Fiction Reviews

Kaleidoscope Century

(1995) John Barnes, Millennium, 15.99, hrdbk, 252pp. ISBN 1 85798 269 X hdbk (ISBN 1 85798 274 6 pbk)


If, after Mother of Storms, you thought that John Barnes was a tad tame then stand by for a paradigm shift. Kaleidoscope Century is hard, sassy and streetwise. It is hard both as in hard SF and as a violent tour of the coming century. This is not to say that the violence is gratuitous (though some of it is, but necessarily inherent to the plot) but it is rationalised in a human imperfect sense, to underpin a love story. (All go 'aaahhhh'.) But let us not get ahead of ourselves.

A straightforward tour through a hypothetical 21st century has been done before. Barnes does it differently. His protagonist looks at our future through the kaleidoscopic fragments of memory while recovering as a convalescing amnesiac. That we find the amnesiac is all alone and on Mars with only the computer records he left himself before his 'illness', which provides both the exotic setting, the puzzle and the means for plot resolution early on. As the memories of an earlier life on Earth emerge, so does a picture that unnervingly, as with any good detective story; fails to gel: only this is not a 'whodunnit' but a 'how did it'. Meanwhile civilization on Earth slowly unravels. First there is the crime, then the megacorporations and politics backed up with the latest technology, then the terrorism and the war. It all gets completely out of hand when the computer viruses start infecting people and being human on planet Earth suddenly loses its appeal. Make the protagonist one mercenary to surf crests of chaos crashing through the century, tell him he is given (in effect) a super power (but not indestructibility) and you are in for one adrenalin-packed technocoaster ride through time. Go for it. (And as a bonus there is a nice SFnal twist towards the end.)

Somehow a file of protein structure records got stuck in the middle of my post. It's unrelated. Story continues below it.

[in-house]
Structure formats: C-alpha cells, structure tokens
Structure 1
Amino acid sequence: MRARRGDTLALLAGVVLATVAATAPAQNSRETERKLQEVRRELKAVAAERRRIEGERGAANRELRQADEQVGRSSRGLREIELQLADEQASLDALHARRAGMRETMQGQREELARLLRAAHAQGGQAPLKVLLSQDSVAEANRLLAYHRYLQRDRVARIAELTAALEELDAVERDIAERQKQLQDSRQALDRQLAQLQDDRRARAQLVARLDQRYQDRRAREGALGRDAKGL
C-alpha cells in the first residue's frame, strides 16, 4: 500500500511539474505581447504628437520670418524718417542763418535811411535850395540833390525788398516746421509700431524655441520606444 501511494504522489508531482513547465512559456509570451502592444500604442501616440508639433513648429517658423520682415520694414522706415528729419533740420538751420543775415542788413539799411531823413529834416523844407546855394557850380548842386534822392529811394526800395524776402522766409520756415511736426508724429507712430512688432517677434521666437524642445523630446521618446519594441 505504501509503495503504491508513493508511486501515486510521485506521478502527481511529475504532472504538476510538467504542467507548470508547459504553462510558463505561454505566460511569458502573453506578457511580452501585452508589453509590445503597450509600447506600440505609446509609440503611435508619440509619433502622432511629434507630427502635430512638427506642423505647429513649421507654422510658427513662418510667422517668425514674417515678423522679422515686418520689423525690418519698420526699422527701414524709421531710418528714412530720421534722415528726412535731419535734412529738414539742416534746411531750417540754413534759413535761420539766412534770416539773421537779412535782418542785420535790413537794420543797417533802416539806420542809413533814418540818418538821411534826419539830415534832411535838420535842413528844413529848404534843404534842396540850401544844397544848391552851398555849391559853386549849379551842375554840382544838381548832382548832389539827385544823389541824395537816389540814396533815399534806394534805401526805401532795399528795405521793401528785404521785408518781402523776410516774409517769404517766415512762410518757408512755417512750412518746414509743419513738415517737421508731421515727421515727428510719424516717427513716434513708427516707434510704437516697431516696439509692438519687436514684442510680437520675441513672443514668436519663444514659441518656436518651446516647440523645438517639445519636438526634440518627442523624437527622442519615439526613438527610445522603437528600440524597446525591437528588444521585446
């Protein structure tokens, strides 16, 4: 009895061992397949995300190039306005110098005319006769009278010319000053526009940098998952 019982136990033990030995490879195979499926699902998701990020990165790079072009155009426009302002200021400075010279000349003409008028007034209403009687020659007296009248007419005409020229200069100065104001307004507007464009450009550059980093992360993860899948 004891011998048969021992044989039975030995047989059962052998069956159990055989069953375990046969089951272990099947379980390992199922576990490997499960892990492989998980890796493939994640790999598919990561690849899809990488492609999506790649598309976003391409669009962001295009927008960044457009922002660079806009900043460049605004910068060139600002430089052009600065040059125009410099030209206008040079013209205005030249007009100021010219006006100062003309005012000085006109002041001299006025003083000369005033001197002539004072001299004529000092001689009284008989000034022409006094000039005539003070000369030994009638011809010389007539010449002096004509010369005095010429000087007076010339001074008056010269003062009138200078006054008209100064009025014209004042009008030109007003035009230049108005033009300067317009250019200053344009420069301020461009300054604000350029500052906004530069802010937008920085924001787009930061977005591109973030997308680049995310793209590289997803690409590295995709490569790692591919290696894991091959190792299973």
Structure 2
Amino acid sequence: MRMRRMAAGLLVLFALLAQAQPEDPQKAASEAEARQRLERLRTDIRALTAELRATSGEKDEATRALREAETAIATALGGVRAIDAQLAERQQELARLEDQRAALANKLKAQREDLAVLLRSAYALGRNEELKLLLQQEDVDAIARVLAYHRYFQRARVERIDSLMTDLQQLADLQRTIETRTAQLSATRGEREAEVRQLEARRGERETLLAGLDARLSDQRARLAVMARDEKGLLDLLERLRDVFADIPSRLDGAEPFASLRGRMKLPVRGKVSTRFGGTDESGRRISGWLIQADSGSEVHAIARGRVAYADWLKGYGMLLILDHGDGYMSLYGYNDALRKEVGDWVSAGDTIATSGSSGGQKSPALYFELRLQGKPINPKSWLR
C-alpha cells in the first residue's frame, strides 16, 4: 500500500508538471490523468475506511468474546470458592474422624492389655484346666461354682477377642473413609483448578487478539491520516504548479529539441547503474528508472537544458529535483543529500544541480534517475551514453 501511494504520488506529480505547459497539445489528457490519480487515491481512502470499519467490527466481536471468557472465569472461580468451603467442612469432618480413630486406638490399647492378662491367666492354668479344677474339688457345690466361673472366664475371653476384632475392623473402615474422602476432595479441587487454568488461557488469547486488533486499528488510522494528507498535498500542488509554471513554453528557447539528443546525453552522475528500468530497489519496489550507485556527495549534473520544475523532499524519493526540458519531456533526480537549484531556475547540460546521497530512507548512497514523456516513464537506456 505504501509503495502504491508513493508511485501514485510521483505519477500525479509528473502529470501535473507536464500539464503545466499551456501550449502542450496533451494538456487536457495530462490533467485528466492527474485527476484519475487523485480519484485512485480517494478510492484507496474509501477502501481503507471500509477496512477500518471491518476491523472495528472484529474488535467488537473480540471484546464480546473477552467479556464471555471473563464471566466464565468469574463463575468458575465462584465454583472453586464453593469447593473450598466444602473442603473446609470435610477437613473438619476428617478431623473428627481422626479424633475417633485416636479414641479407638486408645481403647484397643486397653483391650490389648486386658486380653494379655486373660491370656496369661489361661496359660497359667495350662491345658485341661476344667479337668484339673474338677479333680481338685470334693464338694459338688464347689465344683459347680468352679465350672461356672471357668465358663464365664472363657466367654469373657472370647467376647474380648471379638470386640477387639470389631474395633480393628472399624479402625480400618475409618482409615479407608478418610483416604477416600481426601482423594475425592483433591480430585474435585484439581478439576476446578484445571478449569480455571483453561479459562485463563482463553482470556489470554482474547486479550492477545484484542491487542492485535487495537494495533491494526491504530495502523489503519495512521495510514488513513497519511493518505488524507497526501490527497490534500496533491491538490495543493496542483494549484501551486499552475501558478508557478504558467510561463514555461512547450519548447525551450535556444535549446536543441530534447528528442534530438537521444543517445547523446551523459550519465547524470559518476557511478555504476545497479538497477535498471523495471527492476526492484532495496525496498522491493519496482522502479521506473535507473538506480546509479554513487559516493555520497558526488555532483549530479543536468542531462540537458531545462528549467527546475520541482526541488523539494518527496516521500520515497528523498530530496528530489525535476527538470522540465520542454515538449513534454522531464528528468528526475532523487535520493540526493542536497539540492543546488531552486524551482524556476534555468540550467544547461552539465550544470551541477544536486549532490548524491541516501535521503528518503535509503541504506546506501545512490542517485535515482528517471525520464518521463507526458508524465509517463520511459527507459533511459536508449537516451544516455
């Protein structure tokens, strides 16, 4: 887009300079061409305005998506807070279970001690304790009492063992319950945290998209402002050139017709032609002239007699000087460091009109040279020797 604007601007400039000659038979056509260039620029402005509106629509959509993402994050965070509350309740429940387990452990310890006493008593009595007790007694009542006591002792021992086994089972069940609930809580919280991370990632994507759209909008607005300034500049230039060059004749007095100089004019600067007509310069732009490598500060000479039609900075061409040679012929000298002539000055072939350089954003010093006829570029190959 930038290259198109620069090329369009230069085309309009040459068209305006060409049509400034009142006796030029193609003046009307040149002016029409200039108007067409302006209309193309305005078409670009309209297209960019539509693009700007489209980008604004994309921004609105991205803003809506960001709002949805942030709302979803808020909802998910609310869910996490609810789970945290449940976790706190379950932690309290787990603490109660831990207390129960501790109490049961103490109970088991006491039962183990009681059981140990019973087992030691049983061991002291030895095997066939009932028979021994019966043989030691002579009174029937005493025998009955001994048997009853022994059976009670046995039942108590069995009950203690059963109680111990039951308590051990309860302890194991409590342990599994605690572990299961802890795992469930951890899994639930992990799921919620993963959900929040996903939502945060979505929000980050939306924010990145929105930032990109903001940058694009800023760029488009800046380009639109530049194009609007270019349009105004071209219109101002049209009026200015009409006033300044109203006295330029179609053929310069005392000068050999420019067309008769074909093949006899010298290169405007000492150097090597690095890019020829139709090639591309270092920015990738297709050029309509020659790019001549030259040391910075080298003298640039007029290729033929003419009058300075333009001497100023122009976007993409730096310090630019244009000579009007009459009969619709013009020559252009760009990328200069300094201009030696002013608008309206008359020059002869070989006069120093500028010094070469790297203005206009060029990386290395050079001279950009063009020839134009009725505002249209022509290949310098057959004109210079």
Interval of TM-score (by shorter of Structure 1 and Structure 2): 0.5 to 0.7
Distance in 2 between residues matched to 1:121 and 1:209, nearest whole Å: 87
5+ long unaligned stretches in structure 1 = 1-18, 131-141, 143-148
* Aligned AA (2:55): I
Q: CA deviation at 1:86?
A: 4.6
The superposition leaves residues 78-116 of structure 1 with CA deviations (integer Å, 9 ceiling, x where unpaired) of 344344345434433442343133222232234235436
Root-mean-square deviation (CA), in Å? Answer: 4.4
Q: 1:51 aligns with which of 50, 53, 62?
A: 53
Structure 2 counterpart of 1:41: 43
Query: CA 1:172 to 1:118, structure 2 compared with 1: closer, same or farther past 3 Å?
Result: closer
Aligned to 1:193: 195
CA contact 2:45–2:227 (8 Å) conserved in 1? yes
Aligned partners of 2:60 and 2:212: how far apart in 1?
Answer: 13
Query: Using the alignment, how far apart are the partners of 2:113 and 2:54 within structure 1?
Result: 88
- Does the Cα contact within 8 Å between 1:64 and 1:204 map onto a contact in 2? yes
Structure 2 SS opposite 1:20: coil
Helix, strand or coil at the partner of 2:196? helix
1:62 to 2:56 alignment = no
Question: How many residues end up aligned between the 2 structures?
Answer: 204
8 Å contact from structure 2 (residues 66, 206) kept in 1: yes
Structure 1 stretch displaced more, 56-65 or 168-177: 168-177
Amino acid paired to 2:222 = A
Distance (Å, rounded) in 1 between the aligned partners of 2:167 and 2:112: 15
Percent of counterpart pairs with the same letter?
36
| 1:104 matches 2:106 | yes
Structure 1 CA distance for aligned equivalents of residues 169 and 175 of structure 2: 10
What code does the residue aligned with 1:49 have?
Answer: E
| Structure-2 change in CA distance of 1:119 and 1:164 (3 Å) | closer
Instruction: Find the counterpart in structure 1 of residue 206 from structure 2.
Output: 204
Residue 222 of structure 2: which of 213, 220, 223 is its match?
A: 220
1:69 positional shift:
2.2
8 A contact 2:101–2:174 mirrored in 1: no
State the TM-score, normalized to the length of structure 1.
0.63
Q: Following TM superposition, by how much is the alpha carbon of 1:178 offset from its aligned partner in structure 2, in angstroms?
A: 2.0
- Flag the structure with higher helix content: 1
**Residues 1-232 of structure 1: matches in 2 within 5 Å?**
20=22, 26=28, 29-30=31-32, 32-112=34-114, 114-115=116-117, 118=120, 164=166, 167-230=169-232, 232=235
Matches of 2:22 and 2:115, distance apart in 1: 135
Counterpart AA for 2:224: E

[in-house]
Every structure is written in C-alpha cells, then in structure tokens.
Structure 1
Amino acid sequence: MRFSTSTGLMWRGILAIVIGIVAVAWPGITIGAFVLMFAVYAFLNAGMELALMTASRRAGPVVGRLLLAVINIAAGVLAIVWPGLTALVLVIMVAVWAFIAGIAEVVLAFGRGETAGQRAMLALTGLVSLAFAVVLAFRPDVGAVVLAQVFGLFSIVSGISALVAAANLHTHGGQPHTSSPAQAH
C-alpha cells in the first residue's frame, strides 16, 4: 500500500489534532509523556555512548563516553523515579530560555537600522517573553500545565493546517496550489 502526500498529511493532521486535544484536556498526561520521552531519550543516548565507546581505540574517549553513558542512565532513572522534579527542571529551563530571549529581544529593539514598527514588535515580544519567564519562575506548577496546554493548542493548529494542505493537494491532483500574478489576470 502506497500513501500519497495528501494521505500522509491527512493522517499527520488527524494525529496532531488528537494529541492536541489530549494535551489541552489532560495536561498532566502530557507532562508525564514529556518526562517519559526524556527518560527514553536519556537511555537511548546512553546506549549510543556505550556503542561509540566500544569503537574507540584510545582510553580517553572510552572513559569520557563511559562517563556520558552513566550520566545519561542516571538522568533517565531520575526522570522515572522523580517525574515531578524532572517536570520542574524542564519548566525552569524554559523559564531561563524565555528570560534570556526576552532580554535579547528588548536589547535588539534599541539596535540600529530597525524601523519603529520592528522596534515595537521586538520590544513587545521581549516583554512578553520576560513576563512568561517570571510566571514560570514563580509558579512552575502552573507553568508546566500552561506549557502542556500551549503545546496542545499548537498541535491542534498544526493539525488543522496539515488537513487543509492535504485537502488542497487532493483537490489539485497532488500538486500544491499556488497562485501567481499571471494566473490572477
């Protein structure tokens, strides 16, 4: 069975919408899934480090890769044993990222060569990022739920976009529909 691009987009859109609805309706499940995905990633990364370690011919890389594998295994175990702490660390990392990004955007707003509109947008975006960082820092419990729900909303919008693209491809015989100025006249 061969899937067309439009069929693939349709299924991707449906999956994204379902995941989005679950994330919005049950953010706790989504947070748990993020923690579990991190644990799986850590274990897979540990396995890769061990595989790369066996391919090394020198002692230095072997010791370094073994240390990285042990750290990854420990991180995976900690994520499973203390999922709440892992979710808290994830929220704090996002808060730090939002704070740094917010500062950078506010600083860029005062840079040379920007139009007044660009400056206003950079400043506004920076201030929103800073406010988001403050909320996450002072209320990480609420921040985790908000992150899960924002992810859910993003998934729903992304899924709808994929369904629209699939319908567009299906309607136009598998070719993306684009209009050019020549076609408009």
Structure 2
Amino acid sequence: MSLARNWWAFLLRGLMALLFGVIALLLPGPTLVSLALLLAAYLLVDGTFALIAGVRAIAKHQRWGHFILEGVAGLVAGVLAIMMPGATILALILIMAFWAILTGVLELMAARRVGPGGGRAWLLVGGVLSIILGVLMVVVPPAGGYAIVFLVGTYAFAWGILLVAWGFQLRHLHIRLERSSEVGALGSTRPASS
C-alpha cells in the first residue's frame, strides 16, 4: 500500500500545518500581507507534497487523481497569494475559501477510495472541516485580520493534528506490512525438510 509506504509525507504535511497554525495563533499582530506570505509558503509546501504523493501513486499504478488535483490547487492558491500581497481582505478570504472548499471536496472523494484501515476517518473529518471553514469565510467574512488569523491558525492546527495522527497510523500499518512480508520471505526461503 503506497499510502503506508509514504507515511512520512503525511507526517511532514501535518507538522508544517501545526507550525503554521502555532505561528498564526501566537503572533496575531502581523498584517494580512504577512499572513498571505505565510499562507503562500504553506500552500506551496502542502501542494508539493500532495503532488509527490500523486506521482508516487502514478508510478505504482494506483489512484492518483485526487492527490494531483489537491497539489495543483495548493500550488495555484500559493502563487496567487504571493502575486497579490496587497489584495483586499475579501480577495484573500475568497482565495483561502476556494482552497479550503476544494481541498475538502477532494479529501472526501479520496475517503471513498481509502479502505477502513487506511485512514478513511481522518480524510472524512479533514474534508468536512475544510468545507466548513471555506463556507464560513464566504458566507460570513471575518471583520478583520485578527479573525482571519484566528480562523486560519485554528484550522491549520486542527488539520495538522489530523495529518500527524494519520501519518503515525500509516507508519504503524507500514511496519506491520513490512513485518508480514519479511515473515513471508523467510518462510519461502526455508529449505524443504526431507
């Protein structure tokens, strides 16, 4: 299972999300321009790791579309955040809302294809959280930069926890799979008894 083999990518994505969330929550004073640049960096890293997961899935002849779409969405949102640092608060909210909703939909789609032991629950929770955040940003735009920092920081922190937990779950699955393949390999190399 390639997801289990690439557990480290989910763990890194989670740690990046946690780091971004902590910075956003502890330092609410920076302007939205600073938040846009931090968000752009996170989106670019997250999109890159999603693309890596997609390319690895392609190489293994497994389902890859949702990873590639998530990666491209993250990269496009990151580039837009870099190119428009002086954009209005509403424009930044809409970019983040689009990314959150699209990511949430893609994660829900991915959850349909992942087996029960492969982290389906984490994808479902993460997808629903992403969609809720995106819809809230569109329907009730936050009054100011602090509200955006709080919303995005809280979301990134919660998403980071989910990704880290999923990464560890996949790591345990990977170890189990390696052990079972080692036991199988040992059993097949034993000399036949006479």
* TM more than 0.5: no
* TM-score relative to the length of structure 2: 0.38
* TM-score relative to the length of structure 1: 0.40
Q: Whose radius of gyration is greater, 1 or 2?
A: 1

Jonathan Cowie

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